Emergency Animal Sheltering for County Animal Response Teams 

Locations: Rensselaer or Lake PlacidMay 10, 2010 -   Program Description: Planning for animal safety IS planning for human safety.  This free day long training will train current CART members and interested volunteers on the basics of how to plan and operate an emergency animal shelter as well as other important skills for members of animal response teams to know in an emergency event. The Empire State Animal Response Team Emergency Animal Sheltering trailer will also be available for hands-on activities. Trainings will be held from 8:30 am to 4:30 pm. Lunch and Refreshments will be provided. Training will include:  Emergency Animal Sheltering Planning and Operation, Small Animal Handling and Safety and Personal and Professional Preparedness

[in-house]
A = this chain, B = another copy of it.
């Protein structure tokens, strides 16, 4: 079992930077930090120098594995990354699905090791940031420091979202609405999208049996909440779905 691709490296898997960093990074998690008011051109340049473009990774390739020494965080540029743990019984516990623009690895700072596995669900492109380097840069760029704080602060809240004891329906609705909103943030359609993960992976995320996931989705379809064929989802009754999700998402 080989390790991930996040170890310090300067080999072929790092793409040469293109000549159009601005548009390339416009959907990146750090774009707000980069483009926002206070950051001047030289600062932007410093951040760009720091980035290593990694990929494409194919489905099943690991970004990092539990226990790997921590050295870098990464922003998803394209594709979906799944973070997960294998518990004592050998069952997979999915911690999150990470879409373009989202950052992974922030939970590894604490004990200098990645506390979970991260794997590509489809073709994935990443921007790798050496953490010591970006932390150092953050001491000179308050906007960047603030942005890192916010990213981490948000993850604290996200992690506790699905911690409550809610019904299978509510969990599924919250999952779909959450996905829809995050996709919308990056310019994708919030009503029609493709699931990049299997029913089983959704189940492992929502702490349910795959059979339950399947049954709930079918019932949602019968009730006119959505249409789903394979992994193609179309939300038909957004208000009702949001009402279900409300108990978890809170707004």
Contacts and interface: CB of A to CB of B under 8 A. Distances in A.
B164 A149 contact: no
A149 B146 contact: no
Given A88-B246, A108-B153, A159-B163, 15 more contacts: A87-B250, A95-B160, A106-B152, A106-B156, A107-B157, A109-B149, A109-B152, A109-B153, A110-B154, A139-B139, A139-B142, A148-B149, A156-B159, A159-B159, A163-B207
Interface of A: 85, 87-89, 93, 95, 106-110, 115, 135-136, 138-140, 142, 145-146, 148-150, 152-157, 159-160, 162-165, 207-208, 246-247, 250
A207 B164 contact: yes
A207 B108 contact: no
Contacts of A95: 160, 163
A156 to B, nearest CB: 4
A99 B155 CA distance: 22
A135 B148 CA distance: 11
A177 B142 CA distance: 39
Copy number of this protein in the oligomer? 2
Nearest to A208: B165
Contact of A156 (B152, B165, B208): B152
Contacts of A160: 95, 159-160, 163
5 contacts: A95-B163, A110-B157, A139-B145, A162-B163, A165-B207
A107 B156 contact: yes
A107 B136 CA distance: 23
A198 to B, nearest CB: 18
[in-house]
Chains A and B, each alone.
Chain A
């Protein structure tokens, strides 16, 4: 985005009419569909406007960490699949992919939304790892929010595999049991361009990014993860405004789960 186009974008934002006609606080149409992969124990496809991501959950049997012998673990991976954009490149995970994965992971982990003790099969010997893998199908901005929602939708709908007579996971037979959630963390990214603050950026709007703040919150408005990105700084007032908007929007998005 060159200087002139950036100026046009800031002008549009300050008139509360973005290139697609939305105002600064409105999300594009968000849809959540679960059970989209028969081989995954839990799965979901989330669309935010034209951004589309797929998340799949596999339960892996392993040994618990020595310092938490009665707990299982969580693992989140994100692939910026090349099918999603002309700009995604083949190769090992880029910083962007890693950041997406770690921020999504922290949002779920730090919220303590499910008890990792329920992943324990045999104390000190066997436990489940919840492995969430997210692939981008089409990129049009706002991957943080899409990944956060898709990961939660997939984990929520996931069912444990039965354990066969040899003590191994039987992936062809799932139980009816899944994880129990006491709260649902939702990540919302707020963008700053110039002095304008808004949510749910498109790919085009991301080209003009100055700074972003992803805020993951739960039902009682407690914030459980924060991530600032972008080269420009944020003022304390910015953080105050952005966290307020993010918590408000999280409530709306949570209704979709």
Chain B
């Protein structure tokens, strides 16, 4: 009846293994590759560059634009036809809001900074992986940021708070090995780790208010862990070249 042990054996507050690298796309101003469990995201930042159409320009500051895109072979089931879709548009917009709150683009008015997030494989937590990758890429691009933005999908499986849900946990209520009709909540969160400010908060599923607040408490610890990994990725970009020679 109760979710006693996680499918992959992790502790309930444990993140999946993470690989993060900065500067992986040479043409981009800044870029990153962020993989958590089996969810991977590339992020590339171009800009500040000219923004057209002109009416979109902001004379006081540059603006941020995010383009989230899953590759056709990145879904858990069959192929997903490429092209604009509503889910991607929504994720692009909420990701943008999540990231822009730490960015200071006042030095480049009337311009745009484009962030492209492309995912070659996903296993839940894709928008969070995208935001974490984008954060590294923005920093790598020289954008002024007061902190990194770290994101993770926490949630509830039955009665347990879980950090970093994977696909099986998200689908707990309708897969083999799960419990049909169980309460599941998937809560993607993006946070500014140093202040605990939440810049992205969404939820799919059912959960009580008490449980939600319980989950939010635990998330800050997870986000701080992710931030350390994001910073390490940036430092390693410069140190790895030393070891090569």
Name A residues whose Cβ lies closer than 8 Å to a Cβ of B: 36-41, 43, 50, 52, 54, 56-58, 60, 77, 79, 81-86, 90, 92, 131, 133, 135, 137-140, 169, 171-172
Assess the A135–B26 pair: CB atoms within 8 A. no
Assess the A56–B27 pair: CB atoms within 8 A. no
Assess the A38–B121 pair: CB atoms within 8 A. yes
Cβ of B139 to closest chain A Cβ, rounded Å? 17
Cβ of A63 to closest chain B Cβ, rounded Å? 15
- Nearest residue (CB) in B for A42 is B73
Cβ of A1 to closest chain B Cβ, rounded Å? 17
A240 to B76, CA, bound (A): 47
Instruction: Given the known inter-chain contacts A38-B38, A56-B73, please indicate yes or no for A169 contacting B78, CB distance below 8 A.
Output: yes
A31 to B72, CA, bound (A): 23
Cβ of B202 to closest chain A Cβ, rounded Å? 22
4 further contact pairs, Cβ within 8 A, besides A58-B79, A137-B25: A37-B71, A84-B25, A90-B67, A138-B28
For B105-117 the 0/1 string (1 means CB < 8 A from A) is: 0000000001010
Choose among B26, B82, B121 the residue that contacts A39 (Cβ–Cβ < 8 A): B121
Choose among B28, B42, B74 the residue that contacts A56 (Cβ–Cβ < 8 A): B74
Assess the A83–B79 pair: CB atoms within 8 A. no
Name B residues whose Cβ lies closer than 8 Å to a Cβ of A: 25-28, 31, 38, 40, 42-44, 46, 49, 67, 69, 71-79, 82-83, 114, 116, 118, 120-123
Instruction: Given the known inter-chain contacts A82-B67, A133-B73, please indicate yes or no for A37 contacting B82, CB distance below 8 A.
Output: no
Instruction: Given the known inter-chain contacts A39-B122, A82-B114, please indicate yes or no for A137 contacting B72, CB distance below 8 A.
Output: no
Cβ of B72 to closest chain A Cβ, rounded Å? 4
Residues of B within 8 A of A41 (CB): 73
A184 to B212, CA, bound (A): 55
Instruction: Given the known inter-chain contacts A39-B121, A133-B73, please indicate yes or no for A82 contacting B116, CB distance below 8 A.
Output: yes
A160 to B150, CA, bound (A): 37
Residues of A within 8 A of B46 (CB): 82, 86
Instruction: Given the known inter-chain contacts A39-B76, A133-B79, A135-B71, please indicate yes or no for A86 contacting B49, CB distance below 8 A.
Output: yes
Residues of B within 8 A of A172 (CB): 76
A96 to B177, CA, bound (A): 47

Transportation and Public Health Preparedness: A Focus on Rail Transportation

Originally broadcasted on April 15th, 2010March 16, 2010 - Transportation and Public Health Preparedness:A Focus on Rail Transportation Originally broadcasted on April 15th, 2010 Soon to be Archived in the UAlbany CPHP Broadcast Library John L. Silvernail, MD Director; Public Health Emergency Epidemiology Program, NYSDOH BCBD Chief Medical Officer; New York Task Force 2, DOS/OFPC Preventive Medicine Resident, University at Albany School of Public Health    Why Focus on Rail Transportation? -Vast quantities of hazardous materials are moved by rail -Railroad service points may store large amounts of diesel fuel -Much of the railroad physical plant is unguarded and easily accessed -Much of our food travels by rail at some point -Commuter trains move large numbers of people to and from major cities daily -In many cases the railroad physical plant is located near vulnerable populations  Objectives: The participant will be able to describe public health and emergency preparedness implications of: -Railroad Healthcare -The Railroad Physical Plant -Various types of railroad equipment -Both freight and passenger operations -Railroad special events